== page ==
Lease option, subject to. Should I? Its in North Carolina.

34 Replies

@Alisha Mingus

First of all you're just do you're not dumb and some of my best students are beautiful blonde women!

For new people that I coach they should never get involved with upside down house and friends especially

The best thing to do with an upside down house it's in a great neighborhood and great schools is a lease option, over 5 years, but not a five-year lease , one-year lease with 4 possible extensions, and I wouldn't do them in North Carolina. 

If somebody's upside down they need to aggressively pay the upside down portion if  they want to maintain a great credit rating

And if somebody has a house that's 100% financed that has no equity. If they have no equity in the property is NOT worth anything to me. Because ten percent to sell with commissions at 6%, closing costs or 2%, and wiggle room to sell at2%

And that is to go to zero profit!

So if I am paying cash I'm not paying any more than 80% of value so that I can pay 10% of value to sell, and that 10% profit, paying taxes on that you're lucky to net  5%

I would look at your REIA president in Tennessee and start off with a two or four unit and live in one of the units, apply for a 203B loan from FHA 3 1/2% down

After a year I believe you could rent that unit out and do it again

Best of luck!

If you are executing a lease with ROFR (Right Of First Refusal) in NC, I highly recommend you follow the 47G guidelines/requirements. If your ROFR is in writing, has defined the parties and property, has a time line, and has 'consideration' a judge may consider your ROFR as an 'option' covered under 47G.

Disclosures: I do not offer ROFR on NC property. I have not entered into a lease/option since 47G was ratified in 2010, but if I did, I would follow 47G to the letter.

This post is for entertainment purposes and should not be construed as legal advice. Consult your attorney for your legal matters.

@Karen Rittenhouse

I seem to recall that Karen Rittenhouse has hands-on experiences in North Carolina regarding this topic.  Perhaps she can chime in as well.

ROFR is much safer option in North Carolina.

Alisha,

Aside from this deal, going forward you should try to not use the phrase  " got it under contract ". That phrase has become targeted. And unprofessional in itself. An acceptable alternative might be "signed P & S". I'm not a lawyer, just trying to help. 

Originally posted by @Chris Martin :

If you are executing a lease with ROFR (Right Of First Refusal) in NC, I highly recommend you follow the 47G guidelines/requirements. If your ROFR is in writing, has defined the parties and property, has a time line, and has 'consideration' a judge may consider your ROFR as an 'option' covered under 47G.

Disclosures: I do not offer ROFR on NC property. I have not entered into a lease/option since 47G was ratified in 2010, but if I did, I would follow 47G to the letter.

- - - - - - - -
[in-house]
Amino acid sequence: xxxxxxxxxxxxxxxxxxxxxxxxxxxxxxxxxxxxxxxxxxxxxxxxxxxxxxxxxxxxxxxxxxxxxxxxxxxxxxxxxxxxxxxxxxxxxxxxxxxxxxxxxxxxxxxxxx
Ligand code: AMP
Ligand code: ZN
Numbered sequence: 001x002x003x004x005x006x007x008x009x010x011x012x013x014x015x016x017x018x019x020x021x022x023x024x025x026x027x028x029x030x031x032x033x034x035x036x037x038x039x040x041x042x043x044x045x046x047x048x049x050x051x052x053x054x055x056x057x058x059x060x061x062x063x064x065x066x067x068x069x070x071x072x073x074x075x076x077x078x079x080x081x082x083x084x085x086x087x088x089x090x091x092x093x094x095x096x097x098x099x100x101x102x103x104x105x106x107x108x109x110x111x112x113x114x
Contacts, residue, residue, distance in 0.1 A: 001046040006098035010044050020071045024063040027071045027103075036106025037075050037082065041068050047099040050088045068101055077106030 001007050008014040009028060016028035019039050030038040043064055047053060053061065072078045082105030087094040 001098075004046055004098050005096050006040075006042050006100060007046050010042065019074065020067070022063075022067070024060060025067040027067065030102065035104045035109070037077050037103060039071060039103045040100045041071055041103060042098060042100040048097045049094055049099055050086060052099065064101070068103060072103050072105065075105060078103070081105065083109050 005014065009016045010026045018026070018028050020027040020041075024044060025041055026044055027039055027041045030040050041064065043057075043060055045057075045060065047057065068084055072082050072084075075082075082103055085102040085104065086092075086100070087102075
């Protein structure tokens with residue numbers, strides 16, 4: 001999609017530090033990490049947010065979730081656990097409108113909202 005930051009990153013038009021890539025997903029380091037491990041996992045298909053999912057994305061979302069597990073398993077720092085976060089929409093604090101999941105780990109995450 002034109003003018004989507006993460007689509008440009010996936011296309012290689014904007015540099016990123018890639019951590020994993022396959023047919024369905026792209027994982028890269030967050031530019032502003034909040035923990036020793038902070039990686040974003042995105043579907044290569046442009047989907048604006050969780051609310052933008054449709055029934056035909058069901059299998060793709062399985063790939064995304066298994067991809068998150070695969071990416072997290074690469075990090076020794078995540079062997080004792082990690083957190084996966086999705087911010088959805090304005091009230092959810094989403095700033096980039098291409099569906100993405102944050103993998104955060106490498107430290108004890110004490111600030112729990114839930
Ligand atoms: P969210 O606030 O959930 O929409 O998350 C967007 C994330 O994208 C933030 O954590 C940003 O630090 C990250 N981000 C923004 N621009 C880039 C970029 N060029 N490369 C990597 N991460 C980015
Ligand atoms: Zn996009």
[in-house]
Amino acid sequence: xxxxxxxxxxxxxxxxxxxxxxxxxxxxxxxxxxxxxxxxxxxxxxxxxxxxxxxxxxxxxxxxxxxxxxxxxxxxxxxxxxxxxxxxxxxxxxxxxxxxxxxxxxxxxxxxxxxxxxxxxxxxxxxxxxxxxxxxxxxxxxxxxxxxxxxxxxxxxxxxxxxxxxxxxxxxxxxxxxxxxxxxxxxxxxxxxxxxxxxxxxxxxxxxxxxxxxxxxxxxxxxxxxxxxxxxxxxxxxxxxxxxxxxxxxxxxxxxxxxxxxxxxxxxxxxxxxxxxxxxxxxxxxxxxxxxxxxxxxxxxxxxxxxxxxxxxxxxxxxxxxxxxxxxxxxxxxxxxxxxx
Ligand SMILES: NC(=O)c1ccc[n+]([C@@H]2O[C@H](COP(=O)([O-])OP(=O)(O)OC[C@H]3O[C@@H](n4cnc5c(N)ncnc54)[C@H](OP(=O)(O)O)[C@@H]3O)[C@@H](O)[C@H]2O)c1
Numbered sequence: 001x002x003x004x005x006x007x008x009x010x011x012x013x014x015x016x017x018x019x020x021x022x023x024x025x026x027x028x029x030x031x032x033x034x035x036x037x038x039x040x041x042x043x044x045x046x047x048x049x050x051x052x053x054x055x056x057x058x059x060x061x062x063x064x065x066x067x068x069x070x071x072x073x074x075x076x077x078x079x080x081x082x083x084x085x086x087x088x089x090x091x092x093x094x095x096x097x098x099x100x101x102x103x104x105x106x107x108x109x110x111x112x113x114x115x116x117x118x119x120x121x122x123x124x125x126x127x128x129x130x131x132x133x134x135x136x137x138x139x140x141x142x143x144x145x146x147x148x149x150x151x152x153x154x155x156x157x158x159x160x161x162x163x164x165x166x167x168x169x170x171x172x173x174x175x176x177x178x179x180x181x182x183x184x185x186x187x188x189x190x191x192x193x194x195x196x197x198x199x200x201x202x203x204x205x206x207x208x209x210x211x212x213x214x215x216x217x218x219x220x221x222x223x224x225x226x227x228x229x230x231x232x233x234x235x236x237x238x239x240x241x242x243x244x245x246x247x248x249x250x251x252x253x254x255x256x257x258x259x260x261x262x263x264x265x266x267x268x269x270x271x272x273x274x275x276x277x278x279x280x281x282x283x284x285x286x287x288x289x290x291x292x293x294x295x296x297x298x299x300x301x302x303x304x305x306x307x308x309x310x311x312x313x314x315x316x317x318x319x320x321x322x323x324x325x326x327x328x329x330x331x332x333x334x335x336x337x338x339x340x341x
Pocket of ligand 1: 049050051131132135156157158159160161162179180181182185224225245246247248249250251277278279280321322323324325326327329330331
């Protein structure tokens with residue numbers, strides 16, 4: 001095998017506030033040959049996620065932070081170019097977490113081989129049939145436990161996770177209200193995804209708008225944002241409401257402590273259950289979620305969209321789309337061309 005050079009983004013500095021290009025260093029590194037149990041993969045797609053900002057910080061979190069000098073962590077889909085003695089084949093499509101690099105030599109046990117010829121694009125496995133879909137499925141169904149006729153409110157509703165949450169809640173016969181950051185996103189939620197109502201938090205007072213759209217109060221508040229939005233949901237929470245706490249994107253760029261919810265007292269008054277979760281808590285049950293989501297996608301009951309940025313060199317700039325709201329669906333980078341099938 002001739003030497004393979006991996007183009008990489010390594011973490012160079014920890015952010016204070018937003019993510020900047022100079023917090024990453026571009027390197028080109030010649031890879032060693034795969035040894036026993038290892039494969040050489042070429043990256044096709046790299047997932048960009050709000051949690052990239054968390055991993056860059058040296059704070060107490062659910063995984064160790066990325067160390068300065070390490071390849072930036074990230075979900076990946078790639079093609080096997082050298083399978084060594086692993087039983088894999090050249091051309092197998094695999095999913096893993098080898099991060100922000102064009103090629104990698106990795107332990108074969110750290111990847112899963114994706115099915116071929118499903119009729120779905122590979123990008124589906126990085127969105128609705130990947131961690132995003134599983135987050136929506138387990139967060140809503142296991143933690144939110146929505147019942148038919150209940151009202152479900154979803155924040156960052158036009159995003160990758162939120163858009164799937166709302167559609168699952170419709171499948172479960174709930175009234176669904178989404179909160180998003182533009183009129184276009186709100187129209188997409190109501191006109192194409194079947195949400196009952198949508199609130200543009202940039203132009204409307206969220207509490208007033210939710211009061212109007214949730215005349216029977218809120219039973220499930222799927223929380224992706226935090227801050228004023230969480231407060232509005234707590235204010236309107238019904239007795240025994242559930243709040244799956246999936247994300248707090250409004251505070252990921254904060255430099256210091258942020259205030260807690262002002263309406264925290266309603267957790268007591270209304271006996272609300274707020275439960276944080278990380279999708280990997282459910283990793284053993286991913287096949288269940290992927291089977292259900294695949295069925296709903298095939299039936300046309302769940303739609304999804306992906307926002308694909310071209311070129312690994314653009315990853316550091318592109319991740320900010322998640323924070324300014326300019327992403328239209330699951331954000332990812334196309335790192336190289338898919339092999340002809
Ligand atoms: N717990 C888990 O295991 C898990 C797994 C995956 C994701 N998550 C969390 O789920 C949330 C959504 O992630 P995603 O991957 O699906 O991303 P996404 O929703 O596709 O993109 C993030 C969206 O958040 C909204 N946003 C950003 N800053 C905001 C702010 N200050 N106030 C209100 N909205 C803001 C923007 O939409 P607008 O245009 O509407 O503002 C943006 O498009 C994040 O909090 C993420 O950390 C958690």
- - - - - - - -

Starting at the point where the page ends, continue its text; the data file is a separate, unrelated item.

This post is for entertainment purposes and should not be construed as legal advice. Consult your attorney for your legal matters.

 Chris I missed this.

See ROFR writing and not getting language confused JD's in CCIM Magazine.

http://bundlr.com/b/lease-options-nc

Right, Brian, that's basically what I was getting at.

IMO, the root cause is that lay people think they can draft a "simple" right of first refusal. These people are (from a legal perspective) unconsciously incompetent. They are clueless at what they are doing and don't know it. They get blinded by 'it's not that hard' and end up drafting an option or some other attorney's wet dream. The takeaway I saw from your link: "...imprecise language regarding purchase rights can lead to serious consequences."

In layman's terms... Don't be that guy.

I fully understand why the NC REC does not provide an option to purchase form anymore.

@Chris Martin

I still say in North Carolina an operator who is honest and that wants to help renters become homeowners can create a lease with the properly drafted ROFR with an excellent attorney who knows the courts well as far as what a judge would think with the ROFR as written

I have a preference over lease with sale and purchase rather than a lease with option to help the seller have certainty in the transaction, and if you do a lease purchase and as a renter buyer you lose your earnest money, that's acceptable in the courts; if you lose your option money it's another story with how some of the judges think.

I think the judges of had enough about operators doing rent to own business.

I agree. And IMO in the 'big picture' the regulations helped curb abuse in NC. I believe a lot of the abuse was in the MH business, by park operators. I heard a few unbelievable stories, all before the statutory changes. There were a few L/O operators in SFR in Wake county... they are gone or 'less visible' now, although some for other reasons.

@Alisha Mingus Hi! I'm curious about what you decided to do with this deal? How did it work out??

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